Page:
Damn! I never knew that we both pretty much saw high school as a means to an end. BTW, you are the only person from our class I stayed in touch with! So, does this mean you won't be my date to our 20th? If anyone messes with you, I have cousins who can . . . I mean, "I'll handle it." :-)

Coal Miner's Granddaughter said...

Denise - OK. Maybe, maybe, maybe, I'll be your date for the 20th reunion. Or Tyler will. As long as we can dress up in some fly late-80s clothes and dance like Hammer! :)

Western Momma said...

I think Jr High and High school all ran together for me like a pain that never would end. Or SO I thought!

I am so glad you friended me on facebook. You guys made high school bareable. AND I still cant spell.

Coal Miner's Granddaughter said...

Sybil Law - She was. And it felt good when she finally apologized 11 years later. At least she realized as an adult that she screwed up.

Beverly - It's amazing when you talk to people who felt the same way about high school as us, that it wasn't all fun and "Happy Days." I'm glad we found each other through Facebook, too!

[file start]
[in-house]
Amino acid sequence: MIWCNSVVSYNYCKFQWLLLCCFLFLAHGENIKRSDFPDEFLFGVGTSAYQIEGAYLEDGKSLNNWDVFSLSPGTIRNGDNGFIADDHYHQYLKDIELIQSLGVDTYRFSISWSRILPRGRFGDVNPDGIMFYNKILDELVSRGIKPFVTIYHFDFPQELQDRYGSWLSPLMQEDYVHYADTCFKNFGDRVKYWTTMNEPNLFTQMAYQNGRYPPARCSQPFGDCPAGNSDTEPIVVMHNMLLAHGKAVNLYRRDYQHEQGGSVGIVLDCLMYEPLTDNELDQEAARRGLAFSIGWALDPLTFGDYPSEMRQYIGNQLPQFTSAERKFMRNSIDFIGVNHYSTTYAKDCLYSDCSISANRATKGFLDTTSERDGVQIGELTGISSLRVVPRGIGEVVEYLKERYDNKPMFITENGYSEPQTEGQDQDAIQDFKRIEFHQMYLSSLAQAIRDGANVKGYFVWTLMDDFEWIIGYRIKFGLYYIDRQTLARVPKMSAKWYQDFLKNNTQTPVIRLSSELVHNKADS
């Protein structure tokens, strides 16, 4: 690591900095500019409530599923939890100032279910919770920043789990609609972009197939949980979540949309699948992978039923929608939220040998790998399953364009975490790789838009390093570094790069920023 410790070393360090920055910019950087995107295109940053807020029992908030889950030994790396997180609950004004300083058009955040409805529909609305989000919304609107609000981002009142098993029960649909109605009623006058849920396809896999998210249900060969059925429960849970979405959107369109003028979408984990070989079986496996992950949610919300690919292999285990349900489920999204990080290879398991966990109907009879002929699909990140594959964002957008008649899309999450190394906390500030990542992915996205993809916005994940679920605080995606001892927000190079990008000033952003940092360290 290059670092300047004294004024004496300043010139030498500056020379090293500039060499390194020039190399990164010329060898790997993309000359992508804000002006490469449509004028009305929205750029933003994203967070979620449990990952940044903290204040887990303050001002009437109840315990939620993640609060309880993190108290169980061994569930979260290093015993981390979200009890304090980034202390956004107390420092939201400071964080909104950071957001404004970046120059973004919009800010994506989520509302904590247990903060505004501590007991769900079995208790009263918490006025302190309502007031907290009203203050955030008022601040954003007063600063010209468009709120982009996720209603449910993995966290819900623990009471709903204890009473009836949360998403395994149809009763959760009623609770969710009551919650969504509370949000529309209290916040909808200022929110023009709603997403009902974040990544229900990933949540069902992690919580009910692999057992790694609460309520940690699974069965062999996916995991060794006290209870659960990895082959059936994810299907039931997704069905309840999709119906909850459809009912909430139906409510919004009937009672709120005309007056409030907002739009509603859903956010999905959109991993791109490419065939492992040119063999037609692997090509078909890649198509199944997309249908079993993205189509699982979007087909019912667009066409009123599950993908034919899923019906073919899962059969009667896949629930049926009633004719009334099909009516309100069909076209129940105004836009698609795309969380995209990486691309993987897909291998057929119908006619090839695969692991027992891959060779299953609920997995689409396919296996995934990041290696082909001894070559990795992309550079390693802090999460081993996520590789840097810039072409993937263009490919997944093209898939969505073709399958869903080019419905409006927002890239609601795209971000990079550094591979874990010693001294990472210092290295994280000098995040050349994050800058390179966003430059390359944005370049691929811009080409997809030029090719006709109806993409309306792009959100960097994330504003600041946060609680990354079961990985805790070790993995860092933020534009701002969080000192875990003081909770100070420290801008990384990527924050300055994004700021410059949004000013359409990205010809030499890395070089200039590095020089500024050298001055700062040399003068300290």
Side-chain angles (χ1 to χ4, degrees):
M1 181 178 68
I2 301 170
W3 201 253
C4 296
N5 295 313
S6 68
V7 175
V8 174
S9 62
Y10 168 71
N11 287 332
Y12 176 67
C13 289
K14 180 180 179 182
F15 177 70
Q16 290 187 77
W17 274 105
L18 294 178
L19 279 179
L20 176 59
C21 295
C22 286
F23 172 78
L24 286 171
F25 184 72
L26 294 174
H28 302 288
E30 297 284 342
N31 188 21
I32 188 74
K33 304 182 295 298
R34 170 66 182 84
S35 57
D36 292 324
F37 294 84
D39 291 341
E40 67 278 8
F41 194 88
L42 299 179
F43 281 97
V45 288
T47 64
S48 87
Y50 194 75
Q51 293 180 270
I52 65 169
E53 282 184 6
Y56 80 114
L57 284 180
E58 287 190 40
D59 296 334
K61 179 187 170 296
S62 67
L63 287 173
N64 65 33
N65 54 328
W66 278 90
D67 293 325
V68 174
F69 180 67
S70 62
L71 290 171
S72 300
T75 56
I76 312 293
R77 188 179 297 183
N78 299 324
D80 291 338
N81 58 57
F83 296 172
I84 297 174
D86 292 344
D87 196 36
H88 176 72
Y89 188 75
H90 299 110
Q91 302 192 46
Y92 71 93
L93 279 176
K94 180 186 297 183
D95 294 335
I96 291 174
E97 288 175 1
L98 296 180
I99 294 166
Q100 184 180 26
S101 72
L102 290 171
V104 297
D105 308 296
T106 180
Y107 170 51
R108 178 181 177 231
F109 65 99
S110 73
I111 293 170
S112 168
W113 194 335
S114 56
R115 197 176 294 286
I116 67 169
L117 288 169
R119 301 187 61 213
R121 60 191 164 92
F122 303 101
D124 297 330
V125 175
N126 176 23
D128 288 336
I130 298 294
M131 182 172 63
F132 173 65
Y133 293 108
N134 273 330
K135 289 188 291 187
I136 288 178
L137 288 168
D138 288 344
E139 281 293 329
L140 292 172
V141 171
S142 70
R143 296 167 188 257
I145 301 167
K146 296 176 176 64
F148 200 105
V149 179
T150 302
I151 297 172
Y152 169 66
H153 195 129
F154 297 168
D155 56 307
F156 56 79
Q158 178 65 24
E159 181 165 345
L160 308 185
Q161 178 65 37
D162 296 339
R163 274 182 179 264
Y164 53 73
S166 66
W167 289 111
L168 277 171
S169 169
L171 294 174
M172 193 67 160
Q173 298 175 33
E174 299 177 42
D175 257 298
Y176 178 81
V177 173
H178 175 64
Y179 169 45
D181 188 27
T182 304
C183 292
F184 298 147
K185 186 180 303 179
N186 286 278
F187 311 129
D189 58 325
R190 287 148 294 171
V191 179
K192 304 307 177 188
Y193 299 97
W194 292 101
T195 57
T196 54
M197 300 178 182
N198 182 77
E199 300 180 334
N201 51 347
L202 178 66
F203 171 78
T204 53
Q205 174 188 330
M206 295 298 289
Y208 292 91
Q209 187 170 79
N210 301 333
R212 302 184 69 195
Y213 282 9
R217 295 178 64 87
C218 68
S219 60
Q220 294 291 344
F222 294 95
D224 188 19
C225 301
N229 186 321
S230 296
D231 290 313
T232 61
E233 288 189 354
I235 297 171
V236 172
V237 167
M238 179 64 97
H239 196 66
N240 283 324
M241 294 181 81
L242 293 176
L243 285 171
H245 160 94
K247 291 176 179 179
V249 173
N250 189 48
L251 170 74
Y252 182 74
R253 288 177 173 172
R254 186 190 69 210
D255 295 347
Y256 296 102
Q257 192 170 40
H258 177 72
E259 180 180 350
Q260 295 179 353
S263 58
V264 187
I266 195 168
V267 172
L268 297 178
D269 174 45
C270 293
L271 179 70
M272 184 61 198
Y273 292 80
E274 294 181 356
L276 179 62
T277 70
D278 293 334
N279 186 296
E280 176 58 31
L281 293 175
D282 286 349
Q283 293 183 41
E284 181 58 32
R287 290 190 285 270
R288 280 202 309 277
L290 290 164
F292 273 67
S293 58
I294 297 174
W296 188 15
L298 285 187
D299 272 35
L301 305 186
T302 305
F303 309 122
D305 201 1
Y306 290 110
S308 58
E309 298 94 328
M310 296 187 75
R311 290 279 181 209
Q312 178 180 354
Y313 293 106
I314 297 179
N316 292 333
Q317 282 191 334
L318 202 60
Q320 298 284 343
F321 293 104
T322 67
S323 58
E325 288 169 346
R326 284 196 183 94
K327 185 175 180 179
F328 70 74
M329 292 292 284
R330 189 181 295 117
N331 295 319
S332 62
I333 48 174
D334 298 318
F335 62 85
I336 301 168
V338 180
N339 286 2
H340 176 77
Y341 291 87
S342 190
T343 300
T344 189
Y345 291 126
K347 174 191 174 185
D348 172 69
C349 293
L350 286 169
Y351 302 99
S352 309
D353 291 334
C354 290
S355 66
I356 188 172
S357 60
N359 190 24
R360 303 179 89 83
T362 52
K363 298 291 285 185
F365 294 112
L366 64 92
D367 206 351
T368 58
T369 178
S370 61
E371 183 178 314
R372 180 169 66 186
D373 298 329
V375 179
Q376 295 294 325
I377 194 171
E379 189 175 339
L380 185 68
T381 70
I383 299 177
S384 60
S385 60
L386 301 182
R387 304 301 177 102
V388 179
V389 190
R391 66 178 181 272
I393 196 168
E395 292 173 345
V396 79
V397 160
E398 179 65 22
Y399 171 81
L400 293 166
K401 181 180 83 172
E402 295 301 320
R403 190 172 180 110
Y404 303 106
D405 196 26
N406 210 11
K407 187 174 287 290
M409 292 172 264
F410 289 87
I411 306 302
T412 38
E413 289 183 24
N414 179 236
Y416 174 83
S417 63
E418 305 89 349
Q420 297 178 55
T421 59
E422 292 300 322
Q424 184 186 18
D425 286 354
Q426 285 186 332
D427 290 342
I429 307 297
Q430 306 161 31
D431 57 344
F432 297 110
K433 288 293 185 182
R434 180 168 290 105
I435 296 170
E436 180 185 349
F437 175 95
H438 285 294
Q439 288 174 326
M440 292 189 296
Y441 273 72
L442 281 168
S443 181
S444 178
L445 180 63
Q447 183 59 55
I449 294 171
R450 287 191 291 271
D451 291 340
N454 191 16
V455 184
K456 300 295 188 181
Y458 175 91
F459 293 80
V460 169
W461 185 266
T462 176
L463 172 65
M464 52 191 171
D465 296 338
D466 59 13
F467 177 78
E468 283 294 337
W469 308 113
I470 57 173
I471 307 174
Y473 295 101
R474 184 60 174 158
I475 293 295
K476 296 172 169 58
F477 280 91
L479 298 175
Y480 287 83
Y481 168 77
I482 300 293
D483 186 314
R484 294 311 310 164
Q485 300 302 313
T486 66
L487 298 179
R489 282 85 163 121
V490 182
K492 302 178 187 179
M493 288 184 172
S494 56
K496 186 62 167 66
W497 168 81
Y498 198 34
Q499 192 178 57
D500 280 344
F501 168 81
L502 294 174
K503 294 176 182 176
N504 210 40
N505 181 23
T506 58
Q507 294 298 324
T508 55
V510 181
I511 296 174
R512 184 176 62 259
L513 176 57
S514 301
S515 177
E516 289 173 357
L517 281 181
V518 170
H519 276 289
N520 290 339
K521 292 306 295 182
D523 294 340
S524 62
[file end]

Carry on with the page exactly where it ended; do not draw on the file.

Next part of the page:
Miss Britt said...

Ah man, Heather. It sucks to see you still affected by that. Especially because - well - she was a kid, you know?

Coal Miner's Granddaughter said...

Britt - It does suck. I hate it that I remember this stuff and hold on to it. I mean, why can't I hold on to the good and not the bad? I'm working on it. And I know she was a kid when she did it and I've forgiven her. But still? I don't communicate with the majority of my class and just feel like going to a reunion would be a sham on my part. I don't know. I hope I let go of it. Someday.

Michael from dadcation.com said...

I think FB has rendered reunions obsolete for the most part. I went to my 10 b/c I happened to be in town (Nashville) anyway that weekend. Not sure I'll drive 3.5hrs to go in 2013.

HEATHER said...

I always felt the same way about high school. I haven't been to any of the reunions, and don't intend to go to my 20th this year. I have four friends on FB that are from my HS, and they are the only ones I care to have any contact with. I was a horridly vapid, vain and shallow creature in HS, and I do not care to revisit that time or those years. I am much better person now than I was then. I even turn down FB friend requests from former classmates. Like I said, there are four people I'm in contact with and I'm just fine with that. If you notice on my FB info page I don't have my Lunatic blog linked, just the prayer blog for my mom. I am so glad to know that not everyone loved high school and wants to relive those years.
Are you involved with any of the Masonic orgs now?

Expat No. 3699 said...

It's the journey not the destination that counts...except where high school is concerned.

I couldn't wait to get out so I left in the middle of my junior year, took the GED and got my diploma that way.

Ashlie- Mommycosm said...